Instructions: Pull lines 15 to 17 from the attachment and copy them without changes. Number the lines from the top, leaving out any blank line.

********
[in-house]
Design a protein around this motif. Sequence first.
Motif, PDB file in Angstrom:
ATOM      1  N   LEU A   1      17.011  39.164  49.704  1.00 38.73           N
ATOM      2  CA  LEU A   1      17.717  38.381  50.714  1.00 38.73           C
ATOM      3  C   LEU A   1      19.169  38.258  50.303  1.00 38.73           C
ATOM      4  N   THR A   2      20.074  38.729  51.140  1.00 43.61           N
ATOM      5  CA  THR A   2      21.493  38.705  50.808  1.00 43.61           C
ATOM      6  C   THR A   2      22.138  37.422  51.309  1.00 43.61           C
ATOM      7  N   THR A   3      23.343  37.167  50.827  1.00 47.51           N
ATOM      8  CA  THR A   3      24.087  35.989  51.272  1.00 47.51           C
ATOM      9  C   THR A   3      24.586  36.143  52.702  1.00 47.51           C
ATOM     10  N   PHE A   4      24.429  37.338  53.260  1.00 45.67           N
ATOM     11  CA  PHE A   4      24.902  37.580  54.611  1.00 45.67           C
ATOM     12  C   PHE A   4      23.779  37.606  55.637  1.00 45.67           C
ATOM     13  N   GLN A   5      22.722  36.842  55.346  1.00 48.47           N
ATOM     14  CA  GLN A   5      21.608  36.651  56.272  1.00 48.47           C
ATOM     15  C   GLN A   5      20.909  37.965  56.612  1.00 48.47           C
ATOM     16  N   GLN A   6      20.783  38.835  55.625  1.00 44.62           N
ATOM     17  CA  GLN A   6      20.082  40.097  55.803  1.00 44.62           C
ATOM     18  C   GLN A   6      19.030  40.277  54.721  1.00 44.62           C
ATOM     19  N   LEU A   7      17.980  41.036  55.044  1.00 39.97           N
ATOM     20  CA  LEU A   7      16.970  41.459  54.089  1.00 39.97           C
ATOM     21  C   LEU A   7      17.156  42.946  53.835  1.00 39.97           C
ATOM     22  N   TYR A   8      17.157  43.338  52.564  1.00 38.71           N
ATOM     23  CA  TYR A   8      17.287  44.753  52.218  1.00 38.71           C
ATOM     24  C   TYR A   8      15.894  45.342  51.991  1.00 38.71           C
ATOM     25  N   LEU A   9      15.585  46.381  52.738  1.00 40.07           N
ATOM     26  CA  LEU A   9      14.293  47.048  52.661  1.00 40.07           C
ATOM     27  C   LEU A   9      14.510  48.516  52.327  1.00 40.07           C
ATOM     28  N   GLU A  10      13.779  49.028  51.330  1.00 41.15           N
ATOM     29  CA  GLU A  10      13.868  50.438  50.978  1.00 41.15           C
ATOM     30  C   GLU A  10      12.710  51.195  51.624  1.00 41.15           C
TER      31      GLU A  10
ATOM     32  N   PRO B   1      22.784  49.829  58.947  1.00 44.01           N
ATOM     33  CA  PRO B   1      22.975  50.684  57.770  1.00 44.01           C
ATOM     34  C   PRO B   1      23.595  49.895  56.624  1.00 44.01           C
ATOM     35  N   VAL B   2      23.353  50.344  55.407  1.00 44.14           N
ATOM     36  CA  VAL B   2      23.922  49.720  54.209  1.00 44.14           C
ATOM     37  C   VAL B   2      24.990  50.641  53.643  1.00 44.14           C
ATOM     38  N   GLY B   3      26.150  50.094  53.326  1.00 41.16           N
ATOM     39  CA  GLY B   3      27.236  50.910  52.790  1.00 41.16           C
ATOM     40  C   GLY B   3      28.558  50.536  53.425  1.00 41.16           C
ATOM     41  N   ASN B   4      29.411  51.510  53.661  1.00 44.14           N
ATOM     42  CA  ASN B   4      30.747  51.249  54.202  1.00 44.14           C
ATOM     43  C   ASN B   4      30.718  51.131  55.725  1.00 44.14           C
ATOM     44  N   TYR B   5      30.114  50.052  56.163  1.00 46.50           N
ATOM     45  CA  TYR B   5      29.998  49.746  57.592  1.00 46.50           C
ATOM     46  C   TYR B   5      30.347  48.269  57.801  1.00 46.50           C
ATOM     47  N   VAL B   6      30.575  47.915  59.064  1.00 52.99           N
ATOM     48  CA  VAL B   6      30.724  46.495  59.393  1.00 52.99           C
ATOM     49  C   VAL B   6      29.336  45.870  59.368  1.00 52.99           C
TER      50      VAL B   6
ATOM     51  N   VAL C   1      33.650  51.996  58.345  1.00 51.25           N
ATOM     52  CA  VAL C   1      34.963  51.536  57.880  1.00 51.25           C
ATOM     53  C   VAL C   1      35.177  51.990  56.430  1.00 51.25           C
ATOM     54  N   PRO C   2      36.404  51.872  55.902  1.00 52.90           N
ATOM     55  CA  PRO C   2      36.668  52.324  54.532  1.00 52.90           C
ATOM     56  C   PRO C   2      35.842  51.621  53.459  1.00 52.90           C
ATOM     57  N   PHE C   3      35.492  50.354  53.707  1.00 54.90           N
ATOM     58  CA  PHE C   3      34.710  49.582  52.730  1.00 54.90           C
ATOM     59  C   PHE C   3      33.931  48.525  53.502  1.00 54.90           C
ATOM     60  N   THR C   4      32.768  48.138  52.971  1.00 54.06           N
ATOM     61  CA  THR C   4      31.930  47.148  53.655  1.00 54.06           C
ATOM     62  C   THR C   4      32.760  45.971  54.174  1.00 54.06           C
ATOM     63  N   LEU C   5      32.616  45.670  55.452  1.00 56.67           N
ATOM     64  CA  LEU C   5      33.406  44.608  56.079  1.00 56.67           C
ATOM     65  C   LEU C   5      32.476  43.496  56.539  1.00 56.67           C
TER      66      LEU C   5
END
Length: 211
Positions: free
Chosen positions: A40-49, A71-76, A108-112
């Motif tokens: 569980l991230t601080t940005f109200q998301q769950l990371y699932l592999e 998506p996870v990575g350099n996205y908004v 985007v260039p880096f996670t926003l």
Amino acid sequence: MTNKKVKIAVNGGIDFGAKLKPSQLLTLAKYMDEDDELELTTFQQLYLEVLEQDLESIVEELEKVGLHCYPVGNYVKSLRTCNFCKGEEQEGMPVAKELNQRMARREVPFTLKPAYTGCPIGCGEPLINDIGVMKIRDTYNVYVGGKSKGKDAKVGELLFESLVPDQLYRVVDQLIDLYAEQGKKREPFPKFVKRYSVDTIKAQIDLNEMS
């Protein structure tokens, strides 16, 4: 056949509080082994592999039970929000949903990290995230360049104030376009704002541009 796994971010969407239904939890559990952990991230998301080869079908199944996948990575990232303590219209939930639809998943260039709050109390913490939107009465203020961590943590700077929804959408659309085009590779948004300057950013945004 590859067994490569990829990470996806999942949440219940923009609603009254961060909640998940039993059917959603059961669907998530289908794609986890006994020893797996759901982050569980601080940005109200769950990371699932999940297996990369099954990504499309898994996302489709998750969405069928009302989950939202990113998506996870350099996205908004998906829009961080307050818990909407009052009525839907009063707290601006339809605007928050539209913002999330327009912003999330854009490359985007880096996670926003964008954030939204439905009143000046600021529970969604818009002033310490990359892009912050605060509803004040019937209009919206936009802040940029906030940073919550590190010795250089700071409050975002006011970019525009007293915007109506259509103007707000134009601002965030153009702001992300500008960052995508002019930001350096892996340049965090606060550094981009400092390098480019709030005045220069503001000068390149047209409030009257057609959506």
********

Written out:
ATOM     12  C   PHE A   4      23.779  37.606  55.637  1.00 45.67           C
ATOM     13  N   GLN A   5      22.722  36.842  55.346  1.00 48.47           N
ATOM     14  CA  GLN A   5      21.608  36.651  56.272  1.00 48.47           C